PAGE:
Bill Houghton, Sebastopol, CA
For a long time, I didn't know why people would buy double squares instead of combination squares. After all, a combination square gave you a 45 degree miter square, too. But then I acquired two (4" and 6") at yard sales, and now I know.
First, the stock (handle) on a double square, at least in the 6" size, tends to be longer than that on a combo square, giving you more registration against the edge.
Second, I often find myself, in the sorts of work I do, marking off holes a set distance apart at consistent short distances from the edge, for driving screws to, say, hold a panel in place (we're not talking foine woodwork here). With a double square, I can set the beam (rule) to the distance-from-edge and use a long rule or tape measure to make tick marks at the distances along the edge, from screw to screw. With the double square, I can then strike a line at the tick mark to bring it to the edge, flip the square around, and mark the distance from the edge; and I've got crosshairs showing me where to drill the holes for screws.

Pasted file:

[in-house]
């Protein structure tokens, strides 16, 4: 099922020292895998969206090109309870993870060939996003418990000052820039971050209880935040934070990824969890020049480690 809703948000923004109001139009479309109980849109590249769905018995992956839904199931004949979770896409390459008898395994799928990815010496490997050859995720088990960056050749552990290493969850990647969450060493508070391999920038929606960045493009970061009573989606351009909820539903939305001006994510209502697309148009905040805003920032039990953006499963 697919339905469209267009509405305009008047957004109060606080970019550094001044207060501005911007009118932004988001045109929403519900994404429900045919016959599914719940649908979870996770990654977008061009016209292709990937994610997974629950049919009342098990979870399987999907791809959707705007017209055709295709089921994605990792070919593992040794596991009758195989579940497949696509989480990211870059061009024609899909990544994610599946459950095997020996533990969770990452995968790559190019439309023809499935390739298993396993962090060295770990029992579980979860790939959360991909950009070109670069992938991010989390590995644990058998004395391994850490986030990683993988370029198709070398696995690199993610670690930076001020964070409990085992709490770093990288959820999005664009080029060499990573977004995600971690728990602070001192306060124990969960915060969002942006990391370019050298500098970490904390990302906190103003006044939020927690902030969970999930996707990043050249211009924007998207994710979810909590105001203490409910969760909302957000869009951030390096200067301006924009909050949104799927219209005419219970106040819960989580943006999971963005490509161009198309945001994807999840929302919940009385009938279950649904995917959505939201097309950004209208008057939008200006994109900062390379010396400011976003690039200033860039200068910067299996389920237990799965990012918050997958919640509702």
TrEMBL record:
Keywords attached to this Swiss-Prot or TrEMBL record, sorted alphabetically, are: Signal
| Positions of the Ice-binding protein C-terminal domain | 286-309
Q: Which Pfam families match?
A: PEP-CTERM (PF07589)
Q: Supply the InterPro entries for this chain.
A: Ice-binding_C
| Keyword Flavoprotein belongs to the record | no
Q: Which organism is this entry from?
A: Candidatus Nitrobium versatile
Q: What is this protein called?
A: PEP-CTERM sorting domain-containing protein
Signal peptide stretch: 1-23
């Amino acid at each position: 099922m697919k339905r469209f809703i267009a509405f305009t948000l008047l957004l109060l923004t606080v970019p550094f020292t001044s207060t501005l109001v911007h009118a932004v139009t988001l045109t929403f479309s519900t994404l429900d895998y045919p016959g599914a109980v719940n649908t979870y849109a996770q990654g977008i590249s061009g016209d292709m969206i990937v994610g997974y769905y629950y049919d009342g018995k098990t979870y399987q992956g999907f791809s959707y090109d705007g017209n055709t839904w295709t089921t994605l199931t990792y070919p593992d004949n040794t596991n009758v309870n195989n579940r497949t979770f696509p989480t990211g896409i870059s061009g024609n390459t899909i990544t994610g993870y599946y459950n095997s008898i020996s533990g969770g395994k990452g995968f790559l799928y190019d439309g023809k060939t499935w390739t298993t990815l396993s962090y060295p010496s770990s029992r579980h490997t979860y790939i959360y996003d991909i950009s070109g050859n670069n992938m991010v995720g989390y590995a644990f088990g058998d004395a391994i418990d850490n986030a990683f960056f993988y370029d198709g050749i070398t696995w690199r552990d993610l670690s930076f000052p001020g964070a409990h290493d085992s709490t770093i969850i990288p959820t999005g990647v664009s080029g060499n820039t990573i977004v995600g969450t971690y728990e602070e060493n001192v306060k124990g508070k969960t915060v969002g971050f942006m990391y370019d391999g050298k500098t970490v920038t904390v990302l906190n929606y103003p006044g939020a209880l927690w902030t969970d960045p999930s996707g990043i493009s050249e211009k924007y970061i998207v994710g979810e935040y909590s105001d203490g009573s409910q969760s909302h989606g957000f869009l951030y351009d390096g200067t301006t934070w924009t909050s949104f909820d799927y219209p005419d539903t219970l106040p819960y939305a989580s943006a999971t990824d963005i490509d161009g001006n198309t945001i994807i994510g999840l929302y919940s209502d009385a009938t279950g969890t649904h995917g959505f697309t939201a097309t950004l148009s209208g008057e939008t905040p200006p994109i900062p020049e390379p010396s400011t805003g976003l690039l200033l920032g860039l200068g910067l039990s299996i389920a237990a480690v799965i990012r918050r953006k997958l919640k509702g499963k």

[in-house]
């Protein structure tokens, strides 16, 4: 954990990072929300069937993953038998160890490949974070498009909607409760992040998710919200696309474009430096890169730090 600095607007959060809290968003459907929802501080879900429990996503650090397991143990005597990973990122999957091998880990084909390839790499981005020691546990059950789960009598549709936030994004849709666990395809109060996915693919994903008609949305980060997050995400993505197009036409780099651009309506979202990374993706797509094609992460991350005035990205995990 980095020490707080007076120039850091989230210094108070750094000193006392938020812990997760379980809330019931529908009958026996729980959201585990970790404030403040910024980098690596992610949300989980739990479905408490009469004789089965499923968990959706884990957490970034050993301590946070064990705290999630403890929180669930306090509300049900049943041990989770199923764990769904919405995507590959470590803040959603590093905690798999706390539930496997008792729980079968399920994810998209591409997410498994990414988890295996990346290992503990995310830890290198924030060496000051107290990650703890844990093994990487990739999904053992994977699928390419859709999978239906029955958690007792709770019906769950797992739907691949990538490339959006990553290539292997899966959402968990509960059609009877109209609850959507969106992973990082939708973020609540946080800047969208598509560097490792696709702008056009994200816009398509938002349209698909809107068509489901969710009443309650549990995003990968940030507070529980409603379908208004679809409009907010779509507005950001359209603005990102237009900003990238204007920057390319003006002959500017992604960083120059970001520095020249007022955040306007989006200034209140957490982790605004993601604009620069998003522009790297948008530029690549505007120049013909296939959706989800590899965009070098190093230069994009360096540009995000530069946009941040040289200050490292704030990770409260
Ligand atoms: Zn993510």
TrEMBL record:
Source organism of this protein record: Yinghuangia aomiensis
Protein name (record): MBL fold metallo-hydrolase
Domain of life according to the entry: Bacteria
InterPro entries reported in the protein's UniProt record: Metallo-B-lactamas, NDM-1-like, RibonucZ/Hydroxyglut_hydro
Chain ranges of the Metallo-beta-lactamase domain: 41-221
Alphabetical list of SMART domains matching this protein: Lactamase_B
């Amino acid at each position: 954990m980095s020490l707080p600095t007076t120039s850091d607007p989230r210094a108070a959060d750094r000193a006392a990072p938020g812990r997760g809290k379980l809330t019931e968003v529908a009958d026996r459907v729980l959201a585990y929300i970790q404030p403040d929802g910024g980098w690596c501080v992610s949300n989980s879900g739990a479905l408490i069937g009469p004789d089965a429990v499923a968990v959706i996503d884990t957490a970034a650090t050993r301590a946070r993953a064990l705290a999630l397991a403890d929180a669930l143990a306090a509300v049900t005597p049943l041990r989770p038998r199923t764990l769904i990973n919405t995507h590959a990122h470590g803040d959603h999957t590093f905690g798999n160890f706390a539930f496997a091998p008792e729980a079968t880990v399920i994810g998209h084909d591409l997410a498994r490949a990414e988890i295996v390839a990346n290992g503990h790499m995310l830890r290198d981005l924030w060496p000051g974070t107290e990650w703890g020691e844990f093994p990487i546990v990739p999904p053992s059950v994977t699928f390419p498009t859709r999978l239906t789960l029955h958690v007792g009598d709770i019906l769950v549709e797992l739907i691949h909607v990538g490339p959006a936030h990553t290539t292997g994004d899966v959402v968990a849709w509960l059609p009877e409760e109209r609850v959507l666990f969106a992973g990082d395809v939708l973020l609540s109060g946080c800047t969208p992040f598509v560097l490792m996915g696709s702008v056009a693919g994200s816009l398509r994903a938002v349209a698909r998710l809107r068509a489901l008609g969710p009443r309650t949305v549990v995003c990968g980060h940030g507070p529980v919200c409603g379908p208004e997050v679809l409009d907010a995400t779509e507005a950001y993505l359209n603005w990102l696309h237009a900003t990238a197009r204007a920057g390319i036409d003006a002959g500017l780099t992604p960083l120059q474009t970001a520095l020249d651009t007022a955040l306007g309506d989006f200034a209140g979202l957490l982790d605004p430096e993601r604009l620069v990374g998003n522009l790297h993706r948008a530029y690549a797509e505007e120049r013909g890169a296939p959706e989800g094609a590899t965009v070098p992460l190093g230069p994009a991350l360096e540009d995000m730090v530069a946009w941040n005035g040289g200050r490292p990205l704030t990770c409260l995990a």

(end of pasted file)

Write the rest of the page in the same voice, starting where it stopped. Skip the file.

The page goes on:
Now that I own them, I wouldn't be without them.